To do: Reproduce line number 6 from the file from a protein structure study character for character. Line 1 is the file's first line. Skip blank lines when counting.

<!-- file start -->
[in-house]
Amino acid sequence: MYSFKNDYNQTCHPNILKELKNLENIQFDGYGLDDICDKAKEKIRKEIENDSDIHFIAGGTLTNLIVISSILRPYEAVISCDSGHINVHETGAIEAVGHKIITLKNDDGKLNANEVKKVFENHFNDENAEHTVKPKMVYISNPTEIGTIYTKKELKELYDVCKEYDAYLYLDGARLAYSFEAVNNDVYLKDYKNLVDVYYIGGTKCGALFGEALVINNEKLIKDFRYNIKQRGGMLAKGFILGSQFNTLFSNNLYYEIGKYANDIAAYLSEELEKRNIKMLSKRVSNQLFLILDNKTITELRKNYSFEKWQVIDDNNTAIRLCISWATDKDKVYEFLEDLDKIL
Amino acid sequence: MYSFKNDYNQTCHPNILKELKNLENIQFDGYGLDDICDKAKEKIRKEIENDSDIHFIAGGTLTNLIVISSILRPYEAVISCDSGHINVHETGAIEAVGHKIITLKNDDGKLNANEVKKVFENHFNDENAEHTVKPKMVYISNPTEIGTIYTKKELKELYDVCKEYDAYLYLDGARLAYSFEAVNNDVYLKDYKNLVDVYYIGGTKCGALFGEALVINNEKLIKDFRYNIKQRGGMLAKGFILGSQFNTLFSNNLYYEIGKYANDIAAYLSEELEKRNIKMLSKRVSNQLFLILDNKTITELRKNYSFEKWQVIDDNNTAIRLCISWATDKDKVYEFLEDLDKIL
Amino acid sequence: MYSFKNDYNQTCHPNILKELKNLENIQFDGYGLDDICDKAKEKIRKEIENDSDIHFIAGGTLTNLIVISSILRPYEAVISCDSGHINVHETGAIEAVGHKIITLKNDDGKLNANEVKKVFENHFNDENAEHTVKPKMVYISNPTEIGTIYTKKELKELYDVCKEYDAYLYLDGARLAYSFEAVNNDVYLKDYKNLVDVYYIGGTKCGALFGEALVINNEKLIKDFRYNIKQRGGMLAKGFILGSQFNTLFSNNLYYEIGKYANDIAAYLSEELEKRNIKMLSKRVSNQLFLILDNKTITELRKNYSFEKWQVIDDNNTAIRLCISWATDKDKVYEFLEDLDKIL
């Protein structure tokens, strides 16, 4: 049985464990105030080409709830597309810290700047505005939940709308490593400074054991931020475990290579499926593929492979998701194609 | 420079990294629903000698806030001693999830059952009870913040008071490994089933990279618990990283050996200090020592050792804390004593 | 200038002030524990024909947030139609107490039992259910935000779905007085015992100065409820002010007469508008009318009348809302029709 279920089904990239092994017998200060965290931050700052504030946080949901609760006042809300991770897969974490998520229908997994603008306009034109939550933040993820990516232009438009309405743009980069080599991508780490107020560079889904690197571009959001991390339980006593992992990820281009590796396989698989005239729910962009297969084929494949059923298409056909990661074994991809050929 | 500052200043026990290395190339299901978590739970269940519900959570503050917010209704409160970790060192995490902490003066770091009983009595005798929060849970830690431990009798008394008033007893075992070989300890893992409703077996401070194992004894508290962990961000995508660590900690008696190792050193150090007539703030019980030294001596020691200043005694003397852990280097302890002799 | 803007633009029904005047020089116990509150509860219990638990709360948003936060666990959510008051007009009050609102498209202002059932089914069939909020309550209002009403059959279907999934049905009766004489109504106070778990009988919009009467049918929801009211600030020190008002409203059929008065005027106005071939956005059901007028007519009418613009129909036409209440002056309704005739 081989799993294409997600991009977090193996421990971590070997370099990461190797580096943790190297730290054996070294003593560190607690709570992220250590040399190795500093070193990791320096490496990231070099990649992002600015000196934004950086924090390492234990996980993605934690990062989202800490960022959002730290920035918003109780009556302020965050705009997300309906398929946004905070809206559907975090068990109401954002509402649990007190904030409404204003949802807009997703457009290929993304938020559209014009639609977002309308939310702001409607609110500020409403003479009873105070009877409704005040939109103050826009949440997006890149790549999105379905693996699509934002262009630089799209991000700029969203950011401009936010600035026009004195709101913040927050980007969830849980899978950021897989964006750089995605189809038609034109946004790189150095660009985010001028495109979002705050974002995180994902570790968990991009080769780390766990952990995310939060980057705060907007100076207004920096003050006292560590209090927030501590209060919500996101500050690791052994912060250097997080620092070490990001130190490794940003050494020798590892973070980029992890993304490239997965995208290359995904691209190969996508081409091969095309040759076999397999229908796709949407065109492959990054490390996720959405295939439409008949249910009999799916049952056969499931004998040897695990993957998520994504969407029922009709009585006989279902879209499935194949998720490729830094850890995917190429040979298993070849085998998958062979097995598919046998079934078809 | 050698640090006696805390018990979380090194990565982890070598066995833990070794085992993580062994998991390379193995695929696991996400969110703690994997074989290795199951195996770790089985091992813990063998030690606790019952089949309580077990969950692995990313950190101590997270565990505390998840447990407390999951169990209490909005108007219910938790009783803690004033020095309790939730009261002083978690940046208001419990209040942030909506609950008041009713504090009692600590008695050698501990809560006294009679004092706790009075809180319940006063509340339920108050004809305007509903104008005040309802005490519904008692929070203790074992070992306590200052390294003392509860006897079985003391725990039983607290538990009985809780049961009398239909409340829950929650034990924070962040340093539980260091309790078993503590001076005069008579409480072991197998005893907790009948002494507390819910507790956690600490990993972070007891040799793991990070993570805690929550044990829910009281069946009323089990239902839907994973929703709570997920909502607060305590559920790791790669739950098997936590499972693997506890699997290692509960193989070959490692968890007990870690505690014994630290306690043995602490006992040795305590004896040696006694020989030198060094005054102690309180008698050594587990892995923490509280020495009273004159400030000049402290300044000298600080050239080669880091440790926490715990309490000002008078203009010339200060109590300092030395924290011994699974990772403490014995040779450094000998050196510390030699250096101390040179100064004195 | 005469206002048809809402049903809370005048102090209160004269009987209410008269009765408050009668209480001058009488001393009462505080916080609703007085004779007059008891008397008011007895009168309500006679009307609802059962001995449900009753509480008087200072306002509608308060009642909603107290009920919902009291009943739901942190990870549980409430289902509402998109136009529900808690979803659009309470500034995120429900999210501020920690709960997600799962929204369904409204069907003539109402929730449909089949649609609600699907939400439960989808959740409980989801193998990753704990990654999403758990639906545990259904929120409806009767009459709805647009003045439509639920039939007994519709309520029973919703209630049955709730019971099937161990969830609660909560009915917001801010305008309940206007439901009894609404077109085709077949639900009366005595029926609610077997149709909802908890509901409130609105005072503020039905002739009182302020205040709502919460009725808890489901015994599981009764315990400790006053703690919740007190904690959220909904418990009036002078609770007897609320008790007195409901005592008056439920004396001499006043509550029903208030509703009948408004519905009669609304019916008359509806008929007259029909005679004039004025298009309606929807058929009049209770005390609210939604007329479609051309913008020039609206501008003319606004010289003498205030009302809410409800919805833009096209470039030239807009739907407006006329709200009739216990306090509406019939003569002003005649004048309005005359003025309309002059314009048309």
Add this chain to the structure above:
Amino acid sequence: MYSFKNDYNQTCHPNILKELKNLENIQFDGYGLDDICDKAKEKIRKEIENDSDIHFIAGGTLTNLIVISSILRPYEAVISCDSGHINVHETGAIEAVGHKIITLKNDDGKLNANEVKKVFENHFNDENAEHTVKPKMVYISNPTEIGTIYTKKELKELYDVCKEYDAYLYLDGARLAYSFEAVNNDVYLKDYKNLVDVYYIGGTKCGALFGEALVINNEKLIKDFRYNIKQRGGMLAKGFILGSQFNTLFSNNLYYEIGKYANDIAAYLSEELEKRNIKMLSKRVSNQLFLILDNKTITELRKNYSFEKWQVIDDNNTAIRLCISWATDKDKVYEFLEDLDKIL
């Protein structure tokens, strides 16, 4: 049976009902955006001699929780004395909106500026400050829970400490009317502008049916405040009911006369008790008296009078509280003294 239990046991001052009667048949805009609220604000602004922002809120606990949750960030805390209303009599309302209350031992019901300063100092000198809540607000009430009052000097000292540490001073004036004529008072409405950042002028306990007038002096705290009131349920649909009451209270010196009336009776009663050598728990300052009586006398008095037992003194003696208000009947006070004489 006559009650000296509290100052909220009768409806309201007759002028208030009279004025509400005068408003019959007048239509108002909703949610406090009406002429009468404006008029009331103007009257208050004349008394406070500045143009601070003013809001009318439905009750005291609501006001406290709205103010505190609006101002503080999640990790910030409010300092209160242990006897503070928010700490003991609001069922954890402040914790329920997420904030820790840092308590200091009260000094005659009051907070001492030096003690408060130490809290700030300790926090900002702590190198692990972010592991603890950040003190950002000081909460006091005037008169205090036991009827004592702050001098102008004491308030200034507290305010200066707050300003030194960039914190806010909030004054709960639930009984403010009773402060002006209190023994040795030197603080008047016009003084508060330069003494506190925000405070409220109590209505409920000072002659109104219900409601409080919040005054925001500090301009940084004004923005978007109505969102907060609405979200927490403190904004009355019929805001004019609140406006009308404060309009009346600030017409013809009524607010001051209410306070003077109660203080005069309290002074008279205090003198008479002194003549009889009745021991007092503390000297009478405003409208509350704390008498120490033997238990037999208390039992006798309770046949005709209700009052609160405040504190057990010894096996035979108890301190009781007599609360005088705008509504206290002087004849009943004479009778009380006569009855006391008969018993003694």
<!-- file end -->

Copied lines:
Add this chain to the structure above: